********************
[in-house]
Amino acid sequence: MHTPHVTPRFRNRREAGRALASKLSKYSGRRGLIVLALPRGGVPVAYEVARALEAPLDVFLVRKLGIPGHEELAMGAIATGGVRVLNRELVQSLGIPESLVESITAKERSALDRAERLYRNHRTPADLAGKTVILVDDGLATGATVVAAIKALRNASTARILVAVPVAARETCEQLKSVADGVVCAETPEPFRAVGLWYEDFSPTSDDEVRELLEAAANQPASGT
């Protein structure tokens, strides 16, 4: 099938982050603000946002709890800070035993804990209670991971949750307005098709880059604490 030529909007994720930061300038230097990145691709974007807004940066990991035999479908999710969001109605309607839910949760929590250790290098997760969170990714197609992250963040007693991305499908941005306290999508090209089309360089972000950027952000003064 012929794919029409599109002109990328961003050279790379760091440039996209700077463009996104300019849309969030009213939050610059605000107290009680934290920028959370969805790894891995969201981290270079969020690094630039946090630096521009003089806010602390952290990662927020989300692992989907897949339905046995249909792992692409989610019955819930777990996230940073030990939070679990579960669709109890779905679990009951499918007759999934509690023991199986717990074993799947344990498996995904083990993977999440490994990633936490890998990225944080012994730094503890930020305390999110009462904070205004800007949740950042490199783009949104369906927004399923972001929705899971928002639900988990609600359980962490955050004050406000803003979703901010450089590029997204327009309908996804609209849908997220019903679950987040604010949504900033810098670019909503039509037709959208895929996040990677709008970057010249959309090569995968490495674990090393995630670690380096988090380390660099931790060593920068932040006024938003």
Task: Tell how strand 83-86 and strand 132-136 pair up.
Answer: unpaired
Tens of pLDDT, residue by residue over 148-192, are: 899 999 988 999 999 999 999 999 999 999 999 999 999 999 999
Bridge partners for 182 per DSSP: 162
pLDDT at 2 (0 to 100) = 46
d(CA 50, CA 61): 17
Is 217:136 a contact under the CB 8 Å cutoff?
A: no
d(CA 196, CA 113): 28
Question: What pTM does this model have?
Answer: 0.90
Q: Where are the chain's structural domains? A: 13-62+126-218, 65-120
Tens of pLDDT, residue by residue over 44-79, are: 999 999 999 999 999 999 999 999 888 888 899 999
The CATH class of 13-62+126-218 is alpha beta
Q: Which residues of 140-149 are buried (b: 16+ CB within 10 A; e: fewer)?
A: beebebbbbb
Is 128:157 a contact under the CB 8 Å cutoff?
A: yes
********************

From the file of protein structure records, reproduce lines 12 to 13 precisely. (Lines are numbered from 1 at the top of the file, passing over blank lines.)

d(CA 196, CA 113): 28
Question: What pTM does this model have?